Most days, the corner of Murramarang Road and Thrush Street at Bawley Point is quiet except for the chatter of birds and the occasional car.
On December 5, 2019 the streets were the hub of a desperate fight to save Bawley Point from the Currowan fire as it raced into the heart of the village.
In thick, eye-watering smoke and scorching heat, fire brigade trucks darted along Thrush Street and fought back flames as they came over a nearby hill and licked the edges of two homes.
Under apocalyptic, orange skies, sirens wailed and kangaroos burst from bushes in panic.
The bushfire ran behind the Rural Fire Service's shed on Thrush Street to Murramarang Road, the main thoroughfare in the village, threatening to jump into the blocks of houses that stood between the forest and the coast.
After Bawley Point Rural Fire Brigade captain Charlie Magnuson called for aerial support, two helicopters arrived, scooping water from the sea nearby and dumping it on the fire.
Residents waited in safety at the village's headland above the beach.
"There was a stage I thought, 'I think we're going to lose the fire shed, we'll lose half the village here', the way it came over the top of that hill," Mr Magnuson says.
It was one of the Currowan fire's first atttacks on a South Coast village last summer, foreshadowing a terrifying season that destroyed homes and wilderness throughout the region.
Bawley Point escaped the worst on December 5 last year. Twelve months later, burnt trees are the most obvious sign a fire came to Murramarang Road and nearly leapt into the houses on the opposite side.
But the fire left a less visible legacy behind.
The fire's march
Bawley Point firefighters first encountered the Currowan fire about a week before it reached their coastal homes.
They began fighting it inland, where the blaze spread after starting on November 26, 2019 with a lightning strike in dense state forest.
It pushed firefighters back repeatedly as it grew on days of high temperatures and strong westerly winds.
"Once the weather got hold of it, the westerlies, we had no chance of stopping it," Mr Magnuson says.
The fire jumped the Clyde River and, on December 2, reached the south-western border of Willinga Park equestrian centre at Bawley Point.
Murramarang National Park bordering the village was alight with flames reaching higher than the crowns of trees. Firefighters spent a long night stopping the bushfire getting into Willinga Park.
For Bawley Point residents, an orange glow sat on the horizon for days. Smoke blocked the sky from view for a week. Carl Noone, who lives near Willinga Lake, waited for the bushfire to arrive.
"And you never sleep, you think you can sleep but you just don't sleep," he says.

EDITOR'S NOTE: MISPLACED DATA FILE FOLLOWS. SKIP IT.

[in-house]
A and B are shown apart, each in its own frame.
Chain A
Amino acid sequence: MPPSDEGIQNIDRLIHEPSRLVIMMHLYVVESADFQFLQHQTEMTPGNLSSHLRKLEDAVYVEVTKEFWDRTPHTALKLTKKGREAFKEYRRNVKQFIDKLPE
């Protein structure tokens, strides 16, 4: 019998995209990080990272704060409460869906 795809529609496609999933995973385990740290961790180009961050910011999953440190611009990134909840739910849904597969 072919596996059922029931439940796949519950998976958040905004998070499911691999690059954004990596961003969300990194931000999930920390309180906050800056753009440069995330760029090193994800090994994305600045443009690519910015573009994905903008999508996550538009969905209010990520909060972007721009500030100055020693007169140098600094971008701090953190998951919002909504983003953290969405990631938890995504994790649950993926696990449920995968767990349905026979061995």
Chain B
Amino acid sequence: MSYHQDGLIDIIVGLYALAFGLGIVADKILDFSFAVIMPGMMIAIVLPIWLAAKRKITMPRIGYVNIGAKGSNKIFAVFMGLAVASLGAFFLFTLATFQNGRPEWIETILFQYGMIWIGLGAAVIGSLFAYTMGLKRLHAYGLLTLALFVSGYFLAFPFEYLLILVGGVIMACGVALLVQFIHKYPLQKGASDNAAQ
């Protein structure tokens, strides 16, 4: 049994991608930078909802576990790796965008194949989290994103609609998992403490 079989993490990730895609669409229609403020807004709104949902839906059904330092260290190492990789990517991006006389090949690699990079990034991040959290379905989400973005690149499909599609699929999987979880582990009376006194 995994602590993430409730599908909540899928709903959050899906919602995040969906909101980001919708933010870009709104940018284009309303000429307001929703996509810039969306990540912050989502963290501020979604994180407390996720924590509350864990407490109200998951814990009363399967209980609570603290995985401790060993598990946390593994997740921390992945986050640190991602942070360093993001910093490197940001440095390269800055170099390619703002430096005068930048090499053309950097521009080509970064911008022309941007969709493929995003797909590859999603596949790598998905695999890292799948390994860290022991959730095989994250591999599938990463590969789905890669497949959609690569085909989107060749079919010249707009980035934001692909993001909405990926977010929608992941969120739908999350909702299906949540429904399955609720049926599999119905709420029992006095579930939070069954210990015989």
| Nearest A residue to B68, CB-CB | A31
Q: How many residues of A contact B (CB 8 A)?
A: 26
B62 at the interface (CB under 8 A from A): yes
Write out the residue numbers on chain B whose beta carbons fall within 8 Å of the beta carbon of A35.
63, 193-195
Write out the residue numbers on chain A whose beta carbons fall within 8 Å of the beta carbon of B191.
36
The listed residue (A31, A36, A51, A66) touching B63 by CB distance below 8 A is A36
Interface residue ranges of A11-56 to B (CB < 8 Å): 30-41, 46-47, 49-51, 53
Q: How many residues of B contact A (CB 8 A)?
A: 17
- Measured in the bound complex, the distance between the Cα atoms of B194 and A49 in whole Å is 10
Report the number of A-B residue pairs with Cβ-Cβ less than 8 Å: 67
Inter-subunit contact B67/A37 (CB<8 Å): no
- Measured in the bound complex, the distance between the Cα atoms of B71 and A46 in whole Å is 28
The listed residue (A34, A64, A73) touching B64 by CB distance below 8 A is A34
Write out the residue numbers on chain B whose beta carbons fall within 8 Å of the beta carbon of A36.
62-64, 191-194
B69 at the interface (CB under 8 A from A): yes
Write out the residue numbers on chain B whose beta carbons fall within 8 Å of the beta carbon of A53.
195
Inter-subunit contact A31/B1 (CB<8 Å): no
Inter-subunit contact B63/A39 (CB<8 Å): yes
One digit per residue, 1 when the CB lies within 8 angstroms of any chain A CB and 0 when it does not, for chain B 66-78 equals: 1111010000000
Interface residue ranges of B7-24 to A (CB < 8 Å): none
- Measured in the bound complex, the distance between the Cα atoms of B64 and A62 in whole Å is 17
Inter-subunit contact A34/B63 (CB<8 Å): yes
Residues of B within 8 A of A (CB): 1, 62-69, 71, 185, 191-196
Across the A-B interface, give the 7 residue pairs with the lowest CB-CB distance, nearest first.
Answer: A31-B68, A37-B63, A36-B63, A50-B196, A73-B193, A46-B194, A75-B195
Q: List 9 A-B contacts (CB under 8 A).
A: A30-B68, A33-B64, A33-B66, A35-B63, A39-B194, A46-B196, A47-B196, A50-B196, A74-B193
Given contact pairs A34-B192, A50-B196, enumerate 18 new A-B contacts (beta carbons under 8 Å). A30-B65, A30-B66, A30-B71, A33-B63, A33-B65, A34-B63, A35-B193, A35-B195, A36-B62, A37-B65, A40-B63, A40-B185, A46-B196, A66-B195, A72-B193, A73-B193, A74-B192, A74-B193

Brigade members describe the surreal atmosphere in the hours before the bushfire lurched into Bawley Point on December 5.
Mr Magnuson was aware the village would look to him as the brigade captain for safety as the fire hit.
"You feel a bit of weight on your shoulders," he says.
"My concern was the village. I did not want to lose anything in the village, any homes or any people."
The fire took off in the early afternoon, jumping Willinga Lake, and surging towards homes. Mr Magnuson pulled fire brigade crews back to the main roads around the urban part of Bawley Point and ordered them to protect lives and property.
Alan Swanson had driven back to the village from Melbourne the night before to protect his home on Shearwater Crescent. Wearing a breathing mask and a woollen balaclava soaked with water, he stood behind firefighters and put out spot fires in his backyard.
Even with his coverings, the heat was intense enough to hurt his face and eyes.
About 30 minutes before the fire arrived, hot air blew through Bawley Point. Two waves of animals fled from the forest, one an hour ahead of the fire, and another 15 minutes before the fire front reached Mr Swanson's home.
"It was like an old David Attenborough documentary where all these kangaroos and small marsupials came running into the windows and you knew it was coming, and you could hear it probably in the last 10 minutes, five minutes," he says.
"When it actually got here, it is like an animal, like they say. It's like this roaring sound and the wind was blowing west-north-west.
"And it would surge, and two or three of the 25 metre trees, one of them would pop, and the flame would go up that and then go maybe five or 10 metres up."
Carl Noone was with firefighters holding back the blaze as it encircled his house. About 45 minutes after it hit, flames were still 50 metres high and bark around the property was on fire.
Brigade member Lise Percival, who had joined the Rural Fire Service about 12 months before, says an eerie atmosphere descended before the fire arrived. When it came, she says a survival instinct took over.
"Your common sense kicks in, and you rely on your team that surrounds you," she says.
Flames and smoke surrounded two houses at the end of Thrush Street. Three firefighters defending one of the properties had smoke inhalation and needed treatment back at the fire shed.
The bushfire crept further along the street near the fire brigade shed, where volunteer Stewart Craig had been inside compiling updates for broadcast on social media. He moved to another shed where people inside laid wet towels at door cracks to stop smoke streaming inside.